Ming the Mechanic
The NewsLog of Flemming Funch

Thursday, February 19, 2004day link 

picture Birgit and I went to the opera last night and saw Verdi's opera Aïda. Which was marvelous. I don't think I've been to the opera ever before. It is kind of something special. At some points there were around 100 people on the stage, with fancy Egyptian themed outfits and props. And a whole orchestra, and, well, those people who can fill up the whole big room with their voices. Not that I could hear what the heck they were singing. It was Italian, for one thing. The French translation showed up on little screens in various places, and was in the program. But I guess one needs to be quite well prepared before one goes to the opera. We had at least read the plot in advance, so we had at least the general idea of what was going on. The performance was in Halle aux Grains, which was an excellent venue. And Toulouse, being a very cultured city, seems to be a good place for big opera productions with big names. I tried to take pictures and little videos at first, but it is sort of a little tacky to sit and fiddle with one's camera in the opera, so I gave it up.
[ | 2004-02-19 06:12 | 3 comments | PermaLink ]  More >

 Creative People
picture Carl Rogers, in an essay from "On becoming a person", titled "To Be That Self Which One Truly Is". Via The Obvious and Older and Growing.
Watching my clients, I have come to a much better understanding of creative people. El Greco, for example, must have realised as he looked at some of his early work, that "good artists do not paint like that." But somehow he trusted his own experiencing of life, the process of himself, sufficiently that he could go on expressing his own unique perceptions. It was as though he could say, "Good artists do not paint like this, but I paint like this." Or to move to another field, Ernest Hemingway was surely aware that "good writers do not write like this." But fortunately he move toward being Hemingway, being himself, rather than toward some one else’s conception of a good writer. Einstein seems to have been unusually oblivious to the fact that good physicists did not think his kind of thoughts. Rather than drawing back because of his inadequate academic preparation in physics, he simply moved toward being Einstein, toward thinking his own thoughts, toward being as truly and deeply himself as he could. This is not a phenomenon which occurs only in the artist or the genius. Time and again in my clients, I have seen simple people become significant and creative in their own spheres, as they have developed more trust of the processes going on within themselves, and have dared to feel their own feelings, live by values which they discover within, and express themselves in their own unique ways.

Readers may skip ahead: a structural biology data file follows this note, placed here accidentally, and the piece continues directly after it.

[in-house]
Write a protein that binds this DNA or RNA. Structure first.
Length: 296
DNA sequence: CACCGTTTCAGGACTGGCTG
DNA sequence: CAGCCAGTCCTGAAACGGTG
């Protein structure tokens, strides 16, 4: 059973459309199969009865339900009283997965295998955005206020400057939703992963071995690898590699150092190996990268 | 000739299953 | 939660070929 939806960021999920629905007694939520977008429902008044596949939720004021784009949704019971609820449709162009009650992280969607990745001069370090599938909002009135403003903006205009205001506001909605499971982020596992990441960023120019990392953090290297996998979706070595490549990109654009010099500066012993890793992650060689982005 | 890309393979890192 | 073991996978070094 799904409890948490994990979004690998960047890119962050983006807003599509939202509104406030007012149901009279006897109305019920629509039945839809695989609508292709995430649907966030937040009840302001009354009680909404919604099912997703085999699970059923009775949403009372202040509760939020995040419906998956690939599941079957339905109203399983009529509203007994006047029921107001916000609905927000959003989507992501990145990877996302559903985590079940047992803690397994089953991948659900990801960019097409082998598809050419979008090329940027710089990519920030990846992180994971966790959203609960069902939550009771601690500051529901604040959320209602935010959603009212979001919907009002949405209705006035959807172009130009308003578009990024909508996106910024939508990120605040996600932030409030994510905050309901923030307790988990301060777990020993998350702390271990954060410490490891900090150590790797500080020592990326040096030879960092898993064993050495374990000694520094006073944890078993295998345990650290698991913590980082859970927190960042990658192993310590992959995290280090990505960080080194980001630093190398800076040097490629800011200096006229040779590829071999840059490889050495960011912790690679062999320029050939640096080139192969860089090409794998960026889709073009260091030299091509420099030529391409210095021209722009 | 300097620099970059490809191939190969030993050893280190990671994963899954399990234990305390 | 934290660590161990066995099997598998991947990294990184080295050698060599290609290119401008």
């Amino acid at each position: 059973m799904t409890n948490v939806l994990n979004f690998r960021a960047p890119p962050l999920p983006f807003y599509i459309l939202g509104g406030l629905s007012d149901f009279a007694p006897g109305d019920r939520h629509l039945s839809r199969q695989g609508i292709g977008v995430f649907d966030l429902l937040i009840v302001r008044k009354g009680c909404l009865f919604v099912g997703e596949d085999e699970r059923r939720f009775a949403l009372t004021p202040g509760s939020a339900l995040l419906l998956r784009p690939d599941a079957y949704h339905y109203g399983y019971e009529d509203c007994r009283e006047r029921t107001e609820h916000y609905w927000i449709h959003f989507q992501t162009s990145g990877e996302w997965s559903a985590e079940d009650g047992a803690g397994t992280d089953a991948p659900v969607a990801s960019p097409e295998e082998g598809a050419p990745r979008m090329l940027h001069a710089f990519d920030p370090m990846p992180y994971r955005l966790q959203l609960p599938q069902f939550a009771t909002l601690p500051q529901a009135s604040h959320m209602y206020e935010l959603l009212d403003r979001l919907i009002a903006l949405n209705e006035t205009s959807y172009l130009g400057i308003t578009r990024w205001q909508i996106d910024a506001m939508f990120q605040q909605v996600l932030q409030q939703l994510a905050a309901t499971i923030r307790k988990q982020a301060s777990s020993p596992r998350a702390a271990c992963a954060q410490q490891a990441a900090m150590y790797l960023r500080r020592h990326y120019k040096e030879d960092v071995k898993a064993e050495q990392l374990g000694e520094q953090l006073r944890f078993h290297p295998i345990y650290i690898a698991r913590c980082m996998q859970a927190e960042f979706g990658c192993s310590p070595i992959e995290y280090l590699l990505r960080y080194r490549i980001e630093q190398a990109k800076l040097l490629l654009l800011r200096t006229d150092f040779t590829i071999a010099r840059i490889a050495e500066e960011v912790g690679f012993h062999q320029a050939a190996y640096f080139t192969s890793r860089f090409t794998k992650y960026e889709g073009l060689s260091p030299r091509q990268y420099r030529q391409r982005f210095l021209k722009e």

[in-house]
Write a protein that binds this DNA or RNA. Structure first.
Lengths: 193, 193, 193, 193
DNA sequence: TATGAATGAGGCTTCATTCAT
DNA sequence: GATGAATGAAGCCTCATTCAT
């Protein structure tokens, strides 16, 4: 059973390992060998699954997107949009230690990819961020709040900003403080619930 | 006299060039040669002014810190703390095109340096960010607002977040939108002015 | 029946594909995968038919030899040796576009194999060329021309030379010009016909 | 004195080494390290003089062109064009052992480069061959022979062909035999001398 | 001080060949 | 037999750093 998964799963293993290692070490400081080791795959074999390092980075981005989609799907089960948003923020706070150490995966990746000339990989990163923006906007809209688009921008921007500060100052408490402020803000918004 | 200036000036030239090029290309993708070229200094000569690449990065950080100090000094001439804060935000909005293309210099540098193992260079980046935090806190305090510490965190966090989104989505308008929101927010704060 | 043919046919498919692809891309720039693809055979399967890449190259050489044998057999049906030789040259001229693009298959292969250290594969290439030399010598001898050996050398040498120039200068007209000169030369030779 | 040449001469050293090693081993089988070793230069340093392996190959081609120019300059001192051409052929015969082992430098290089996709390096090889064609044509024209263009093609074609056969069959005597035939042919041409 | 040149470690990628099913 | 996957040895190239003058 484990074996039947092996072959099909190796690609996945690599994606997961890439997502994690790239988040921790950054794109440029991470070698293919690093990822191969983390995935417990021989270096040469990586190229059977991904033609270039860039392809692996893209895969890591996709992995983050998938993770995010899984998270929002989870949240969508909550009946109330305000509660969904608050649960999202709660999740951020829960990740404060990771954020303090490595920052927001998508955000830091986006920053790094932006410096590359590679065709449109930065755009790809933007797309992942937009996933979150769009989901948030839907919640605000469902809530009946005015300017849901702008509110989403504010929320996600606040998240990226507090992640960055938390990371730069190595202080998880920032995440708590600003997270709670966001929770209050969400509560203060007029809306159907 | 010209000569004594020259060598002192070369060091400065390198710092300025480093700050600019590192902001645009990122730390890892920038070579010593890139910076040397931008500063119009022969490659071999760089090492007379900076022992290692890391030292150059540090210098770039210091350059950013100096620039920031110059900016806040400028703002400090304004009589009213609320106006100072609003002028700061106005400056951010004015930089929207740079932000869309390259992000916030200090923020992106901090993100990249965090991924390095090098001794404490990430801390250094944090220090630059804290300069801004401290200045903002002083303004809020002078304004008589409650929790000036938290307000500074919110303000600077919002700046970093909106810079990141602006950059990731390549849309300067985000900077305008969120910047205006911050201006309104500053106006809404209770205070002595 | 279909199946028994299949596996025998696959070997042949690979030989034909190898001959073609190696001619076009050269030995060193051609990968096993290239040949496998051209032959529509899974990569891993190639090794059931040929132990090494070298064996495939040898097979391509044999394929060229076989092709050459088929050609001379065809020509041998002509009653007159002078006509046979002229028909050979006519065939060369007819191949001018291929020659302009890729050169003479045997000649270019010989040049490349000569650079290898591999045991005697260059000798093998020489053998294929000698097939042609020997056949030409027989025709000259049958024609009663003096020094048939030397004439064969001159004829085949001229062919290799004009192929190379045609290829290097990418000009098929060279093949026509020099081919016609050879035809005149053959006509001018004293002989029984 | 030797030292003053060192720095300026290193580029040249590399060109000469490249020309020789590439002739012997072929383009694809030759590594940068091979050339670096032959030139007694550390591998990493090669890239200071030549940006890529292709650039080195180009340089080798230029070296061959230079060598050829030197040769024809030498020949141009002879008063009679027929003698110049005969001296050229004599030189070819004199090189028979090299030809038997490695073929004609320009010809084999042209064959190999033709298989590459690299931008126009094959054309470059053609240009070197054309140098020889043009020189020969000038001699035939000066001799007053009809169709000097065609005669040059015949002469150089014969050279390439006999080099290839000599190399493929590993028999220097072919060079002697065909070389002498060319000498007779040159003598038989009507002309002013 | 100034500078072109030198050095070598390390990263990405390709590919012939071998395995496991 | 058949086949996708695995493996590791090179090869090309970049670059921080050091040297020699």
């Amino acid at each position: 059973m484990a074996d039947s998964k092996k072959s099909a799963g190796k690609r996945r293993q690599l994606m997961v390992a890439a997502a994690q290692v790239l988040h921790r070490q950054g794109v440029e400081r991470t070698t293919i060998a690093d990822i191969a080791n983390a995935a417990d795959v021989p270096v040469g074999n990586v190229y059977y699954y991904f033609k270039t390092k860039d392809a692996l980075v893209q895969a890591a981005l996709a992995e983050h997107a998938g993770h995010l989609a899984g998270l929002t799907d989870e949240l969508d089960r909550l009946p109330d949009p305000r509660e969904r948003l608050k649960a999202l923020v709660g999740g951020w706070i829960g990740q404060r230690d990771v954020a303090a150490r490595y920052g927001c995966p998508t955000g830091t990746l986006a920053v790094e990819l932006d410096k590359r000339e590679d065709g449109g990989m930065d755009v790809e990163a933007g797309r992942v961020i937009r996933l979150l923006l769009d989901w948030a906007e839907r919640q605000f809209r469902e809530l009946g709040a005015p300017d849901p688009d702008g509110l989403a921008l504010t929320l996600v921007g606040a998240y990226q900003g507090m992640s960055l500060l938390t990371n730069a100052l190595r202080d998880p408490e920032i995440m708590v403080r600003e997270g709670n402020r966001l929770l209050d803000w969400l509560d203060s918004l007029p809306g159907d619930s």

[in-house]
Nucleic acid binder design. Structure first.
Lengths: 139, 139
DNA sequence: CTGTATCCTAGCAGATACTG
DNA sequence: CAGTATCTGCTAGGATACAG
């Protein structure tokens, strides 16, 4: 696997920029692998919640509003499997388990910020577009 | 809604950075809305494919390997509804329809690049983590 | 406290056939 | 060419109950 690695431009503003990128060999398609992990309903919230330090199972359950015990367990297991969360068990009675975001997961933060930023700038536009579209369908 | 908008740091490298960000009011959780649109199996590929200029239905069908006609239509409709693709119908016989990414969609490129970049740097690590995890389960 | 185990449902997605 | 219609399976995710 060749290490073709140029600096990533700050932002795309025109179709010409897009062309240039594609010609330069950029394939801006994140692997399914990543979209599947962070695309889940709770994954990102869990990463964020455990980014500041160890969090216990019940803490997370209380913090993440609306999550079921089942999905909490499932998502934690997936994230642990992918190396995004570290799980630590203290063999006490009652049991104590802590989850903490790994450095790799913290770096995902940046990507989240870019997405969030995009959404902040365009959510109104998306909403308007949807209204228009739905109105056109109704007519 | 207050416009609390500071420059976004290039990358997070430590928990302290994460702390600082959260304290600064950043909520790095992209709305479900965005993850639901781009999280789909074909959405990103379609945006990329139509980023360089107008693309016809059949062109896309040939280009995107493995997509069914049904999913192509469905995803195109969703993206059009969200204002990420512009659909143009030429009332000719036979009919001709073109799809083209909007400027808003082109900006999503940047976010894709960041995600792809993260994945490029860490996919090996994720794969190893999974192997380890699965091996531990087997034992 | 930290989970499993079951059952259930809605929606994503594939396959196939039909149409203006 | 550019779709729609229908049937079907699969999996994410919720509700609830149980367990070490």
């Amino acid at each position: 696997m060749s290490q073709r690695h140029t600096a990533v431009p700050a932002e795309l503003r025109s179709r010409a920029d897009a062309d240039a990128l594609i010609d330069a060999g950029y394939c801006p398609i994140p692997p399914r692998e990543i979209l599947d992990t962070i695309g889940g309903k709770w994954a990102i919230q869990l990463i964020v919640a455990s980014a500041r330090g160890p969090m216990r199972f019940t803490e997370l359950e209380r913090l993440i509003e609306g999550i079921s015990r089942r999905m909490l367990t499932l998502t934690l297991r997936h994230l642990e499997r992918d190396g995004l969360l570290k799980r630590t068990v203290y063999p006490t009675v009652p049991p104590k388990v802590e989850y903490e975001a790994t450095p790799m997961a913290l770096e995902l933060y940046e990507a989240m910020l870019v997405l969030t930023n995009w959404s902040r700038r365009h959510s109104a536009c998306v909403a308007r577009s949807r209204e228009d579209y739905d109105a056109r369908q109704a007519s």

Great angle on things. If you only try to do what a good artist or a good writer or a good *something* does, you might well become good, but you probably won't become great, and you won't end up doing what you particularly are here to do. Rather it is about trusting your own process and finding what particularly it is that YOU do, and do that the very best you can.
[ | 2004-02-19 10:23 | 20 comments | PermaLink ]  More >

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